Newspaper Page Text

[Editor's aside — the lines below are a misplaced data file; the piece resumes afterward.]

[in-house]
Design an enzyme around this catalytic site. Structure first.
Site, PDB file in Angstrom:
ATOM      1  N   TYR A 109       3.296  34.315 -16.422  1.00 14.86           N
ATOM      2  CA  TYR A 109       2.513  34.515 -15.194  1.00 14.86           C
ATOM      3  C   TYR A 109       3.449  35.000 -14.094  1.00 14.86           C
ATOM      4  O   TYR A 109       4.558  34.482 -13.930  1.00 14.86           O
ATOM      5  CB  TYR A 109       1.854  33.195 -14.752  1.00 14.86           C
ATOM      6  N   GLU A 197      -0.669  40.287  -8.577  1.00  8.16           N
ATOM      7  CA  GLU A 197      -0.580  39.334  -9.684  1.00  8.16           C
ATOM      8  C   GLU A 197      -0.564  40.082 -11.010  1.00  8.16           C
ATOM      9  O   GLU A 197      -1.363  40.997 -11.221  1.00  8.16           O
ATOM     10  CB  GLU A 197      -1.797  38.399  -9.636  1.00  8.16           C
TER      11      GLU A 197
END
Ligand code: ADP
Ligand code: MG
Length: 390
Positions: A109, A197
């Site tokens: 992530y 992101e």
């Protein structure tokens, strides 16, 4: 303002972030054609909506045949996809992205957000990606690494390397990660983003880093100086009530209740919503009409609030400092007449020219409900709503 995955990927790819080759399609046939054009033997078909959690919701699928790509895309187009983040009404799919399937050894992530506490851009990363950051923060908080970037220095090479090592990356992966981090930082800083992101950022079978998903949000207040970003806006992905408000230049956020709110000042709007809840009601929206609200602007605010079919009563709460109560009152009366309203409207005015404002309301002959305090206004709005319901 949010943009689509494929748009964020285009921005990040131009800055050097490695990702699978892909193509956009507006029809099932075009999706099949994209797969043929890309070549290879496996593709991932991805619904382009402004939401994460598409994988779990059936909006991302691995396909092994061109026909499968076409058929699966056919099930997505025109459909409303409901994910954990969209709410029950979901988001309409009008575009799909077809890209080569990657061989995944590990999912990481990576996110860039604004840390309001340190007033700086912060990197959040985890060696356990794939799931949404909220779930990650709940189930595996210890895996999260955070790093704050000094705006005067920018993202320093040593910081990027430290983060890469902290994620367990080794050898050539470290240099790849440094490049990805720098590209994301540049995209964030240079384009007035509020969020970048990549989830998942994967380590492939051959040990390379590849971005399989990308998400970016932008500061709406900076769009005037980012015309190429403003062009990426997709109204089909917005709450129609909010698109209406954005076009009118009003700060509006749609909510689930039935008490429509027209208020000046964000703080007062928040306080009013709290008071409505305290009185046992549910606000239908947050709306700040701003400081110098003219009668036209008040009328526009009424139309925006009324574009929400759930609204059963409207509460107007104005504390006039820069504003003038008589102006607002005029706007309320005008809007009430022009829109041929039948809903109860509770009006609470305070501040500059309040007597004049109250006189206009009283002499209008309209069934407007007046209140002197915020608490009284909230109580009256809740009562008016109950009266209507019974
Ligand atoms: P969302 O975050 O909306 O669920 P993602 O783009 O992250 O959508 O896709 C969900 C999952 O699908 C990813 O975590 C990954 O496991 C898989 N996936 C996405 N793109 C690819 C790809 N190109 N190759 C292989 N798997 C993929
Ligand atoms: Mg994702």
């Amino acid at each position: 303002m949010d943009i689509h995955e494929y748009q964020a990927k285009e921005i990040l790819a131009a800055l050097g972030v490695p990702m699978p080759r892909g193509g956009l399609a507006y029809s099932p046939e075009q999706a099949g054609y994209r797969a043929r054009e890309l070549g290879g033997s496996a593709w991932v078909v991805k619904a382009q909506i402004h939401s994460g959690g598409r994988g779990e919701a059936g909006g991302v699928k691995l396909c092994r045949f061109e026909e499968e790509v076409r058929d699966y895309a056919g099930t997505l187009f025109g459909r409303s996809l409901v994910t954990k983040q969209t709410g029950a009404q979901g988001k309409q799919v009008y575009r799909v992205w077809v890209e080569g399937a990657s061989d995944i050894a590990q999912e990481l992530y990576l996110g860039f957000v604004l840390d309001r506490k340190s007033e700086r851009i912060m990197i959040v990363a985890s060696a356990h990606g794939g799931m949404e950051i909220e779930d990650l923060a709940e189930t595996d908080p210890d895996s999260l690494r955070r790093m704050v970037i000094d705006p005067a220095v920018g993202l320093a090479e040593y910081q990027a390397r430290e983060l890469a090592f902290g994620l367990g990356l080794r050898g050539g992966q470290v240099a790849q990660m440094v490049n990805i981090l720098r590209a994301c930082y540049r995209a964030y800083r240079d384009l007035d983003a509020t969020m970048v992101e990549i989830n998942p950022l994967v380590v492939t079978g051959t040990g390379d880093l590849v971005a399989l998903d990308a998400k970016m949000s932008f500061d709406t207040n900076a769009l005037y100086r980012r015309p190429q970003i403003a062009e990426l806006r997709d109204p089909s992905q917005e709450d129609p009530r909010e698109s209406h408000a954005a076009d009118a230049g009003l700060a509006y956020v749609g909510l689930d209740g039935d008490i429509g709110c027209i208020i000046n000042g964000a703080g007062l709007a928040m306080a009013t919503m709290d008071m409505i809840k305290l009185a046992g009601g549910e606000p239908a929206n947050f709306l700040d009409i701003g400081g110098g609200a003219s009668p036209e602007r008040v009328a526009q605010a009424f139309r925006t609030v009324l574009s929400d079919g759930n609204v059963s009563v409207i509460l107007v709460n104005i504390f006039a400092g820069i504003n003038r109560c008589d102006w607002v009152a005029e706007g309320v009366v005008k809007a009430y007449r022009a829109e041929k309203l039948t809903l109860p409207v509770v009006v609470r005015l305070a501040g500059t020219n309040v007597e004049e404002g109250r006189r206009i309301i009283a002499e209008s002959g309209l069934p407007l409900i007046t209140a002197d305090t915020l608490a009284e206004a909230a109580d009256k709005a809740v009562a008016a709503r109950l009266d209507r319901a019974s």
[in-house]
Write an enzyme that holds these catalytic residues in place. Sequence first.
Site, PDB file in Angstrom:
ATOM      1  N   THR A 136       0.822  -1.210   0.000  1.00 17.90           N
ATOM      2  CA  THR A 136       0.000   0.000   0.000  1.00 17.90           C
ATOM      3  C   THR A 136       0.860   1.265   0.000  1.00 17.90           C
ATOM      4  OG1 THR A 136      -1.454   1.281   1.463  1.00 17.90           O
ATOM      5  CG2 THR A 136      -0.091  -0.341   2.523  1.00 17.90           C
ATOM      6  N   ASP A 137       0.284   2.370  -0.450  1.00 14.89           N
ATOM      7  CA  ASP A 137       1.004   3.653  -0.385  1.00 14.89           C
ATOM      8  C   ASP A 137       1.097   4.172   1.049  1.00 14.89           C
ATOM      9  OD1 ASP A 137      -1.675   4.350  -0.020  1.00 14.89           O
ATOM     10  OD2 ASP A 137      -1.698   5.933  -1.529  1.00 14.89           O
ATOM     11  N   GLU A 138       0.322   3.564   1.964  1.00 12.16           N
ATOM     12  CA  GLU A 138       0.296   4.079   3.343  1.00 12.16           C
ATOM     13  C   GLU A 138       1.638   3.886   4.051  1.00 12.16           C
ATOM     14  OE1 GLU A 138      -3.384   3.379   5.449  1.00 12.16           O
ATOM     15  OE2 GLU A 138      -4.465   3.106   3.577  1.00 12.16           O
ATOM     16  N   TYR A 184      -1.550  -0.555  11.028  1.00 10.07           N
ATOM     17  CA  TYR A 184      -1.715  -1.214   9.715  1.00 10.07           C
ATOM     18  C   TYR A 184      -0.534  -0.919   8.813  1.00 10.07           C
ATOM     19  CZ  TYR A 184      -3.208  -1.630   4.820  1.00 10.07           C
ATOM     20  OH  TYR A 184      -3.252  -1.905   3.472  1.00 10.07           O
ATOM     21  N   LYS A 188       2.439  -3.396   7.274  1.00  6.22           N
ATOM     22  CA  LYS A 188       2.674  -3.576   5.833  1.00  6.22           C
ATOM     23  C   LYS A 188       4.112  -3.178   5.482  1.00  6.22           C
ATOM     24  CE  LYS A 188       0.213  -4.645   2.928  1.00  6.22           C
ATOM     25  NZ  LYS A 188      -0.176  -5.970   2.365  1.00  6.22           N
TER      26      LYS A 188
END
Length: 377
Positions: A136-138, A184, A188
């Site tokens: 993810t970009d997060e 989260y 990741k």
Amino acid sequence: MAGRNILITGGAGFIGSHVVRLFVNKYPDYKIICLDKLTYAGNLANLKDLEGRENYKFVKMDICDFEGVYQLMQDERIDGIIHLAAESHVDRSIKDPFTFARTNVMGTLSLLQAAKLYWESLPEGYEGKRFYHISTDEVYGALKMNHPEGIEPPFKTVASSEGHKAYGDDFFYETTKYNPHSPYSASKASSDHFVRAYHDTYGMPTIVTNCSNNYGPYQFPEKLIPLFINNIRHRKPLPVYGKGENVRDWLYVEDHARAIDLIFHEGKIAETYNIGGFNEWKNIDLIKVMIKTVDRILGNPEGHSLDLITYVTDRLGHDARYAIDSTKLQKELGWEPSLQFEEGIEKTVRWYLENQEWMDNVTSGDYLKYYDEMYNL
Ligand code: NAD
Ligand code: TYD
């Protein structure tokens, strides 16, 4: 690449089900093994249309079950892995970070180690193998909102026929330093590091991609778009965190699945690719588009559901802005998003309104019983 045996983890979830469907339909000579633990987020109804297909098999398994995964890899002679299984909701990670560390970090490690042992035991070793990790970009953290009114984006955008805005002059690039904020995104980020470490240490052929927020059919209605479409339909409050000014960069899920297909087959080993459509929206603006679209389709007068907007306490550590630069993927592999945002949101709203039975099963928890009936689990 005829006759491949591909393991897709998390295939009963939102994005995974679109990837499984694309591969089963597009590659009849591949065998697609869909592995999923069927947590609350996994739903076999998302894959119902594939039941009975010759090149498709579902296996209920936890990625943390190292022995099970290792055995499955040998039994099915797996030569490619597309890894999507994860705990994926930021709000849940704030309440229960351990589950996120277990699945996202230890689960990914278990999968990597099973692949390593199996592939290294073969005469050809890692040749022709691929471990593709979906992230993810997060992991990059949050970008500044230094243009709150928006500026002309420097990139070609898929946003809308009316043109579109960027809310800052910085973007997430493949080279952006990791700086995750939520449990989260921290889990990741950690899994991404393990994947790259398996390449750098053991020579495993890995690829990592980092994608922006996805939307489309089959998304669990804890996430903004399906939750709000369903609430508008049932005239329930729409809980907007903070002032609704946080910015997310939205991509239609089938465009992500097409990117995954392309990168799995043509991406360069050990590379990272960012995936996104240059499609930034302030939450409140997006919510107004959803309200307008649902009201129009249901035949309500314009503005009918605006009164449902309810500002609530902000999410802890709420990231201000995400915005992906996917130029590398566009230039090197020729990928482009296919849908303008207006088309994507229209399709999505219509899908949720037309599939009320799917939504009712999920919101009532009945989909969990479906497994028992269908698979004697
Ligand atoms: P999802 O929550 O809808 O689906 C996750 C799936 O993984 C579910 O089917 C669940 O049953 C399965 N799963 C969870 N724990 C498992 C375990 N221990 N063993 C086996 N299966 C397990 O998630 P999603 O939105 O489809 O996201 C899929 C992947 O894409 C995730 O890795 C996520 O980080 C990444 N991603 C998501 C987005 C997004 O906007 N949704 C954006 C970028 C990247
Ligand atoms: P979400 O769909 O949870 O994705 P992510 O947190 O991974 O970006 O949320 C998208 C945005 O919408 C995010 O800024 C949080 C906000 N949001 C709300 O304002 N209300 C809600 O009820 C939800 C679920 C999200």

IDAHO CITY. FRIDAY• NOVEMBER 17* 1893, NO. 33. .Weekly Wor ld. raMUhM rm dk rrlday» —el and OHAS. E. JONES. JOKES. «US»** lUKillll. Cob. Main * Commercial Sts. (Buck HnuaaJ Curler. II 0(1 l«r qnut«. „ ml a 00 I Three Moath». . 81 60 00 ISingle OosU...... » IUMCRIPTIM n Wtmv WMII L E. WORKMAN, RNEY and counselor at law. I City, Jen. 2,1891. ~hmtïno*, and mining engineer, BOISE CITY, IDAHO. Deputy Mineral Burveyor. Offlce ise City National Bank, or at Regan's cottage, 8. coiner ol I Fort Sts. 3, '91. tf. J. JONES, Lawyer, ractlce In all Courts and U. 8. Land it over Shalnwald's store, Boise City, 8ept. l-m2. Baxter, Cbsbi.es F. Baxter SAY OFFICE 2S Mam 8t., between 10 th and 11th Boise City, Idaho. es Baxter & Son, ilytical work and assaying of ores, waters, etc. Result* guaranteed; s moderate List of charges for all f work furnished upon application, so City, Dec. 11, 1891-tf. Geo. A-inslie, TORNEY - A T ■ L A W, second floor Perrault building, cor. aln and Seventh streets, Boise City. COUNTY AND STATE. Ilver was 68 cents on the 15th. '■strict Court convened last neaday. is now unlawful to kill deer after 30th. the of no to hn Peacock is hauling South ~a ore to the Blaine mill. cold wind yesterday caused the ~ens of this place to keep in and huddle around red bot e rich vein in the drift running from the shaft in the South Af has widened to three feet. EHICAN Union and Eldredge ing machines will be sold by this e for $35 and $37 respectively, h has seven drawers. Agents ge no less than $60 for these machines. They are brand Call and see them. W. J. A. Hkndkickx will mence a series of lectures in the holio Church next Sunday even at 7 o'clook. A good attendance expected, as the topics selected 1 be treated in an interesting and ructive manner. he Emmett Index says Mr uroh is down thirty-two feet with artesian well at Marsh, whioh is ng bored with a view to obtaining ter to work his placer ground. The II will be sunk 400 feet or until a oient flow of water for the de 'd purpose is obtained. estebday was the date for the nual meeting of the stockholders of Boise County Mining company the purpose of electing a new set Direotora. This date is fixed by by-laws. For some unknown 1,0,1 the meeting was not held, and notice given that a meeting would held. The company seems to ve lapsed into a state of " innnou s desuetude." Ihe following offioers of Boise dge No. 9,1. 5. G. T., have been stalled by Miss Amelia Jones, -dge Deputy: L. E. Workman, C. ■j George Wilhelm, P. C. T.; Miss da Tregaskis, V. T.j Mr*. Wm. fne, Seo'y; Wm, Orchard, F. Seo'y; "man Jones, Treas.; Mrs. Wm. °dge, Marshall; Mark Fuller, Chap.; ».John German, Guard; Ed Beck, n > Mrs. R. W. Tompkins, D. M. »■*»«!.* OVER A REPORT. Pollllca Kater tire Road CobbImI«. era Meeting. Ntatf'vmud, Wrdnaadaj. The State wagon road commission yesterday, after a lengthy session, during which there were several breezy passages between Chairman Sharp and Commissioner Maonab, adopted a report to be submitted to the Governor. * The report, as a whole, is tole'rably clear and oonoise, consisting mainly of a review of the past work of the commission, bat in one place it branches off from the routine and, for nearly three pages, arraigns in strong terms the present administration at Washington. Right there Commissioner Mecntb, who is a staunch Democrat, took issue with the author of the report. Secre tary Bell. He said such matter had no bearing on a report of the pro ceedings of the commission and be moved to strike it out root and branch Chairman Sharp, who is s confirmed Populist, said the report, especially that portion of it that hit President Cleveland, suited him exectly. "As to the bearing on the subject," he ■aid, "it comes io nicely. The report apeaks of the trouble experienced in floating the wagon road bonds even after they were contracted for. The financial stringency, it says, rendered Stanton & Coffin unable to take them as agreed. Who oaused the string ency, hey? Tell me that. Why, it was the administration. Give it to 'em, I say, give it to 'em," and he oombed his iron gray whiskers with the butt end of a cigar. Commissioner Macnab won bis point, however, when the vote was taken. Chairman Sharp winked the other eye and changed his vote to the affir inative. The noon recesa followed Then the chairman made his point. Shortly after reconvening in the afternoon he moved to reconsider There was another wrangle. The at mosphere of the senate chamber was charged with red bot, sizzling Eng lish; but this time when the vote was taken Chairman Sharp, with "a smi) that was childlike and bland," came out ahead, and the administration from Cleveland down was roasted. The report gives the classification of the 1135,000 appropriation as fol lows; a For construction of the ro*d .............. $1.15,000 For exiieuses of Commissioners............... 6,000 Fir engineers.......... ................... 12,000 For examiner ............................ *$*9 For Secretary..... ....... ................ It then gives the expenses of the Commission up to Nov. 1st as follows For Commissioners............... $3.450 75 For engineers.... ....................... •••«• 8.300 21 For Secretary............ 62 50 For printing bonds............... 635 latal...... $12,648 22 This amount taken from the $20. 000 received from the first issue of bonds leaves a balance now in the treasury of $7,451.78. In speaking of the Governor's in terest in the proposed road, the re port says: "The earnest efforts of Governor McConnell at all times to remove financial obstacles from the path of the Commissioners has not only ma terially assisted the Commission in its labors but has also impressed up on the minds of the members the fact that he is desirous that every county interested should reap the full bene fits arising from tbe construction of the road and the advantages incident to the increased facilities of transpor tation afforded." Hon. A. A. Crane, of Harrison, presented credentials entitling him to represent the people of Kootenai county in the Commission, vice Com missioner Sanburn, absent. There was some defeot in the credentials, however, and the Commission gave Mr. Crane a bob-tailed permission to deliberate with them. He could talk and propose motions, but could not vote. Mr. Crane accepted these con ditions and, although handicapped, he made himself felt quite frequently during the dsy. The Commissioners expect at to day's meeting to settle the matter of advertising for bids. It is held by some that, under the law, the con tracts must be awarded in 1893, or the appropriation will be void. This, with other minor questions, has been submitted to the Attorney General for an opinion. of bird early. he hie not tion will for end, with sire to ion most the with tion. runs □ p rial is are by tbe Rev. W. J. A. Hendrickx will leave next Monday for Pocatello to pay a visit to Revs. Vender Donokt and Bruggeman. ■e IR THR EARLY BIRD. Gov. McConnell is making a tour Bear Lake county. The early bird oatohes tbe worm, and Mc ia ont early. It is tbe fat Senatorial worm he is after. Me talk* irrigation, bnt hie heart and soul and ambition are not so mach centered on that ques tion as on tbe momentous one of who will be Idaho's next Senator. This irrigation talk is employed as a means for the accomplishment of the chief end, and Mo is inseparably connected with that chief end. We do not de sire to be understood es particularly condemning Mc's ambition in the direction of the U. S. Senate, nor any honorable means be may use to get there, and there is nothing very wrong or dishonorable in bis efforts to reach the goal by floating with the stream down the irrigating ditch route. Me has been studying tbe subject carefully, and shrewdly noting which way the stream of public opin ion runs, and he is drifting with it most beautifully and condemning corporation control of water and irri gating ditches. There is no proba bility of our wily Governor being ditched as a result of his position on the subject of irrigation, for be is with public sentiment on the ques tion. It is water on his wheel that runs the machinery that is manufac turing Wm. J. McConnell Senatorial boom material. Me bad his factory □ p and running to its full capacity long before any of tbe other Senato rial aspirants had even as much as begun to revolve, in their minds, the plan of one. As each yard of fabric is turned ont by Mc's factory and held up to the eager gaze of an ad miring multitude, tbe people shout themselves hoarse, and tbe compli ments showered upon the Governor are loud and long. This encourages him to keep the machinery well oiled and in good running order. Me is by no means slow. He is a thorough business man and runs politics on business principles. He is early in tbe field and active, pushing old Procrastination entirely out of tbe way. The State Wagon Road Commis sion will meet again today to open bids and award contracts for the con struction of the various sections of the road. On Wednesday the follow ing question was submitted to the Attorney General: "If no bids are accepted in 1893 and no contracts awarded, does the whole law go by default?" The Attorney General said: "In my opinion Section 10 of the law, di recting the commission to let the con tracts is directory merely. That this is true will plainly appear by reading Section 11 iu connection therewith, said Section authorizing the Board to reject any ami all bids, and to let the same at a subsequent meeting at such time and place as may be determined by the Commis sion. Failure to let tbe contracts in 1893 cannot, in my opinion, render the act referred to inoperative." The Statesman says that there is little doubt some of the sections of the road cannot be built with the ap propriations set aside for them, but it is thought the counties will come and L. and John arty set he a. et the east the of this is on a to the rescue and appropriate suffi cient funds to meet the deficiency. Idaho county has agreed to raise $5,000 for that purpose and it is un derstood Kootenai and Shoshone will do the same. Tbe Statesman might have added that Boise county will also make good any deficiency on the section within her boundaries. Sec retary Hunter will at once re-adver tise for bids. Bellevue Herald: Old Jim Townsend, genial Jim, cheerful Jim, lying Jim, as the boys used to call him, because he could relate more miraculous yarns and make more odd comparisons than any other old "print" on the Comstook thirty years ago, is now publishing the Homer In dex, at Lundy, California. The Her ald publisher used to stiok type along side of Jim at one dollar per thou sand in '63; but the times are harder now, and we are both getting old, and botb bave to struggle harder for a dollar now than we did for ten in those bygone palmy days. We find this pathetic but humorous appeal to his patronB in a late number of Jim's paper: " We will take for dues any thing we oan stick our teeth into, drink, wear or sleep on. Debased silver received with an expansive grin." DIBTR1CT COURT rROCEIDlIUS. Wednesday, Nov. 15.—Court met. Present, Hon. E. Nugent, Judge pre siding, C. M. Hsyt, District Attorney, and officers of the Conrt. Attorneys present, H. W. Dunton, E. Workman, Geo. H. Stewart and W. T. Reeves. Ashby Turner, administrator, vs. John T. Riordan and F. F. Cburoh— Continued for the term. David Mahoney v*. Patrick Mori arty et al —Defendant withdrew de murrer. Thursday, Nov. 16.—George Stockberger vt. C. O. Norcross—Case set for trial Friday at 10 o'clock a. m. Pat Dempsey ve. T. D. Brainerd— Defendant's demurrer overruled and he given until Friday, at 10 o'clock m. to answer. David Mahoney vs. Pat Moriarty al —Judgment for plaintiff for $571.70. dear d'Alene City. Cmur 4' Uene Pres*. Cœur d'Alene is a city of 1,000 population, beautifully situated on the northern shore of the famous Cœur d'Alene lake, thirty-three mileB east of Spokane, on a branch line of the Northern Pacific railroad. Lines of steamers make regular trips from this city up the lake to the head of navigation on the St. Joe and Cœur d'Alene rivers, connecting at Old Mission with the railroad line into the gold, silver and lead mines. Tbe city is one of tbe most noted summer re sorts in the Northwest, and is becom ing more popular each year. Its fishing, bunting, boating and bathing attractions are almost limitless. The finest U. S. military post in the West (Fort Shermau) and its magnificent forest park reservation adjoin the city on the west. The country round about is made up of rich agricultural lands and extensive forests of yellow pine, fir, cedar and tamarar, and the city is destined to become a manu facturing center for the products of these woods. The business men and residents are enterprising, and take pride iu making the place attractive. There are five church organizations— Baptist, Methodist, Presbyterian, Episcopal and Roman Catholic. The secret orders are well represented by a lodge each of Masons, Odd Fellows, Knights of Pythias, G. A. R., and Women's Relief Corps. The city is supplied with electric lights, good water works, an elegant public school building, sash and door factory, two saw mills, two first class hotels, boat building yards, etc. There are yet good opportunities to engage in lu crative business and in diversified farming. Manufactories are particu larly desired, and are offered extra inducements. The summers are tem perate, with sufficient rainfall to in sure abundant orops, while the win ters are free from extreme cold. No better location for profitable invest meuts or for securing ideal homes can be found in tbe Northwest. There is always a welcome here, among an excellent people, in a beau tiful region and an incomparable cli mate. iBiportant re Miner». An amendment to section 2324, of the Revised Statutes of tbe United States, has been passed by Congress which renders assessment work on mining claims unnecessary for tbe year 1893. Prospectors and mine owners, however, must before the 31st of next December, make affidavit be fore the County Recorder of tbe coun ty in which their claims are recorded, to the effect that they are holding their claims in good faith and intend to work them hereafter. This law applies to all individual and compa ny holders, who reside in the State or iu adjoining States or Territories, but does not affect corporations. It is intended to lessen tbe hardships which would necessarily follow if holders of mining property were com pelled to perform the usual $100 as sessment work on each claim during tbe present state of the mining indus try. The amendment is for 1893 on ly- t Notice te Taxpayers. Notice is hereby given that taxes are now due and payable at this of fice and will become delinquent on the second Monday of December, 1893, and if not paid prior to that date ten per cent will be added there to. C. Baird, Assessor and Tax Collector. Qot. 9, 1893. the the been was gloom of rest we every to was tbe hope be have of not it by can We and lar ily tbe be to as A SLOW AT TRK Wl The New York Recorder publishes the following from tbe pen of Senator Dubois: The fight against tbe passage of the bill for unconditional repeal baa been carried on in plain viaw of the oonntry. Nothing bas been con cealed. There is no " inside " story connected with it, even indirectly. It was begun because we know that the passage of tbe bill unaccompanied by remedial legislation would carry gloom and destitution to tbe people of certain portions of the United Sûtes, and because we believe it would be frought with peril to the rest of the country. Believing this we felt that wc were justified io nslog every parliamentary device et tbe command of a minority in the Senate to delay action and to prevent action altogether if we could. The struggle is now over. The results will show speedily whether it was well considered or not. The act strikes a sudden mud cruel blow at tbe Far West and leaves but little hope for tbe near fntnre. There can be no justification for it unleaa it brings ((real prosperity to tbe wage earners of the East. If those who have urged its passage have done nothing except to add to the wealth of tbe rich they will be called to a fearful reckoning. By tbe passage of this bill tbe country bas entered upon a policy of contraction of tbe currency. It does not seem to me that prosperity can follow such a policy. The next step, it is said, will be to borrow money by issuing gold bonds. That, at best, can only be a temporary palietive. We cannot continue to borrow money and continue to prosper. Every dol lar borrowed must be paid back some time. The people will not be^de ceived by such a device. 1 do not take a gloomy view of the future. The people have voted stead ily for silver and an enlargement of tbe currency. They bave been dis appointed, but they will yet prevail. They understand the issue now and they will make their power felt. If this is to be a fight of the money against the laboring classes and the producers, the producers will ase their sure and only weapon of de fense—the ballot. If the fight shall be distinctively for free coinage, an overwhelming majority will be re turned to both branches of Congress that will not dare disobey the man dates of the people. The fight is only just beginning. In tbe end I am confident there can be only one result. Tbe people will not submit to a contraction in the currency, which has been plainly inaugurated now, and misery will certainly fallow. There is not enough gold to serve as a safe basis for money, and either silver must be added or else irre deemable paper money. The wage earners and producers will insist that there be a sufficient enlargement of the currency to keep pace with our constantly increasing business and population. Those who have advo cated a constant increase of both gold and silver money in this country, where both gold and silver are pro duced, are defeated temporarily, but have no doubt of future triumph. The appeal will now be made di rectly to the people, who, for the first time, understand the attempt is being made to contract a currency, a thing that can bsve only one effect, that of making the rich richer and the poor poorer." Fred T. Dubois. well and roll an a my the an Kuormaue Heat of the Rub. 8. F. Minins and Sclentlfk- Preaa. It has been calculated that the heat given off by the sun in a second of time would melt a pillar of ice 1590 square miles at its base and 194,626 miles iu height. If this heat is produced by fuel added from out side of the sun, there must be added every second of time a quantity of fuel capable of melting this enor mous quantity of ioe, and this would require a quantity of coal of almost equal mass. If iron, copper or stones were added, we cannot conceive how this would generate heat, for, if added to terrestrial fires, they absorb heat instead of producing it. Meteors are of this nature, containing a large per centage of iron, and being composed of wbat we would term non-combust ible materials. Clothes cleaned and repaired. Comforters cleaned aud re-çovered by lire. J. W. Reel. »3. a TOR At CM TWISTERS. Six tbiok thistle sticks. High roller, low roller, rower. A growing gleam glowing green. Flesh of fleshly fried flying fish. The sea ceaaetb and it sufficetb oa. A box of mixed biscuits, a mixed biscuit box. . The black breeze blighted, tbe bright broom blossoms. Strict strong Stephen Stringer snared slickly six sickly silky snakes. Swan awam over tbe aea; swim, swam, awim; swan awam back again, well awum-, swan. It ia a shame, Sam; these are the same, Sam. Tia all a shame, Sam, and a shams to shams so, Sam. Susan shines shoes and Books; socks and shoes abina Susan. She ceasetb shining shoes and socks, for shoes and socks shock Susan. Robert Rowley rolled a round roll round; a round roll Robert Rowley rolled round; where rolled tbe found roll Robert Rowley rolled round. Oliver Oglethorp ogled an owl and oyster. Did Oliver Oglethorpe ogle an owl and oyster? If Oliver Ogle thorpe ogled an owl and oyster, where are tbe owl sod oyster Oliver Oglethorp ogled? Sammy Shoeemith saw a shrieking songster. Did Sammy Shoesmilh see a shrieking songster? If Sammy Shoesmith saw a shrieking songster where's tbe shrieking songster Sam my Shoesmith saw? Hobbs meets Snobs and Nobbs; Hobbs bobs to Snobbs and Nobbs; Hobbs nobs with Snobs and robe Nobbs' fob. " That is," says Nobbs, "the worse for Hobbs' jobs," end Snobbs sobs. 8 , Georgs Vanderbilt, wbo has bought the larger part of a county down North Carolina with the intention of founding a sort of baronial estate, finds himself much in the position of an Irish landlord. The natives of tbe district, who are baptists, moon shiners and free-born Americans of tbe most aggressive type, imagine that he ia trying to establish a mon archy or some other form of despot ism, and all tbe winchesters and six shooters in tbe mountains are being put in order to give him a warm re ception if he ventures into that lo cality. Appointments of Rev. Hendrickx. Sunday, Nov. 12.—Granite Creek; sermon on Moral Freedom. Sunday, Nov. 19.—Idaho City; ser mon on the Institution of tbe Priest hood. Sunday, Nov. 26—Granite Creek; sermon on True Civilization. TYTs rrlocti At the residence of Mr. and Mrs. C. W. Smith, Idaho City, Mov. 15.1893, by Rev. W. J. A. Hendrickx. John Haley and Mis Mary Marrinane, both of Quartzburg. J. DBY Jt 1 " a m o y GOODS, ( x o O d m Ladies'UnderwearJ of by GENTS' FURNISHING GOODS. PATENTS CareitE, and Trade-Mark* obtained, and all Pat ent business conducted for mooerate Fees. Oun Office is orroriteu. 8 . patekt office end we can secure patent m less une than iboee remote from Washington. » Pamphlet. 14 How to Obtain frlcets, ' with eoetot tame in the U. Aud fore«» couatites ! •cut free. Address, C.A.SNOW&CO. Ore. Patcmt omet. Wabmihbtoh. d. C.^ ZTotice to Creditors. Estate of James Smith, deceased. Notice is hereby given by the under signed, administrator of the estate of James Smith, deceased, to thecreditors of, and all person* having claims against, the said deceased, to exhibit them, with the necessary vouchers, witUlu four mouths after the first publication of this notice, to tbe said administrator, at the Boise County Bank, the same being the place for the transaction of the business of tbe said estate, in Idaho City, Boise county, Idaho. E. W. Barst, Public Administrator of the estate of James Smith, deceased. Dated at Idaho City, Idaho, Sept 15, '98. The following «errants will be paid upon presentation at my otttm ; ao ad ms. 72, registered Jen. 11,1821. " 78, - » oocirrr annal, ma All warrante registered prior to August 1881 . E. W. Barry, Nov. 8,1888. Co. Treasure». Tbe following warrants win be paid upon presentation at my office: cocbtt oeuebal mu ' No. 884, registered July 18, 1881 ; Mo. 888, registered July 18,1881. ■OtPlTAL FOVA Ho. «9, registered Oct. 18.1888. No. 548, registered Oet 18, 848, registered Oet 18,1880. V. F. CHURCH, T By E. W. Barry, Deputy. UR »L MSR-mf. Me. The New Drag Store DRUG CO.p-Lim'fd, la now open and ready for bim'nrm, Our prescription department will re. eeive special attention from Wa H Nye and W. Galbraith, both P harmaci sts of long experience. Orders by mail or telephone promptly attended, to. Our many friends in Boise Basin will, we hope, give us a share of their valuec order*. Address, Odd Fellows Block, June 10, M-tfl Boise City. Idaho 8. T. DAVIS, JL K. DAVIS. (Successors to Cave 4k Davis) Dealers ia ?mk Groceries aii fnmniB CLOTHING, GENTS' FURNISHING GOODS, BOOTS AND SHOES OF ALL KINDS, LADIES' AND CHILDREN'S SHOES, HARDWARE, IRON AND STEEL, TINWARE, HARDWOOD, GRAIN, Ac All goods at lowest rates. Main street, : : : : : Idaho City Our motto is, " Cheap for Cash." Cali and get our prices aud be convinced. DAYU BROTHERS. Treasurer's Hotte«. The following warrants will be paid ou presentation at my offlce: ROAD FUXD. No. 538, registered Oct. 16, 1890. " 849, " " 30. 1800. " 71, " Jan 16,1891 HOSPITAL roil. No. 426, registered Oct 16, 1889. " 180, " Jan. 16, 1890. COCKTT GENERAL POD. Warrants registered July 18,1891. •• *• 30,1891, No. 218, *' u 8t, 1891. " 226, " " 81,1801. E. W. Bakst, Co. Treat. Oct 6, 1898. Where do you pur chase your gro ceries! Buy them of NORMAN H. YOUNG, CEHTEKTILLE, IDAHO. A ND S A Y E HONEY. He carries a full line of rzuiaB 8EI1ECTED F ancy and Staple Groceries, | Joi XVotice to Creditor*. Estate of John Ellis, deceased. Notice is hereby given by the under signed, administratrix of the estate of bn Ellis, deceased, to tile creditors of and all persons having claims against said deceased, to exhibit them with the uecessary vouchers within ten months after tbc'first publication of this notice ta the said administratrix, at her residence at Granite Creek, Boise county, Idaho, the same being the place for the Iran sac. lion of the business of said estate. Wiki rHKD Elus, Administratrix. Dated NQVYRtbw $, 19#$.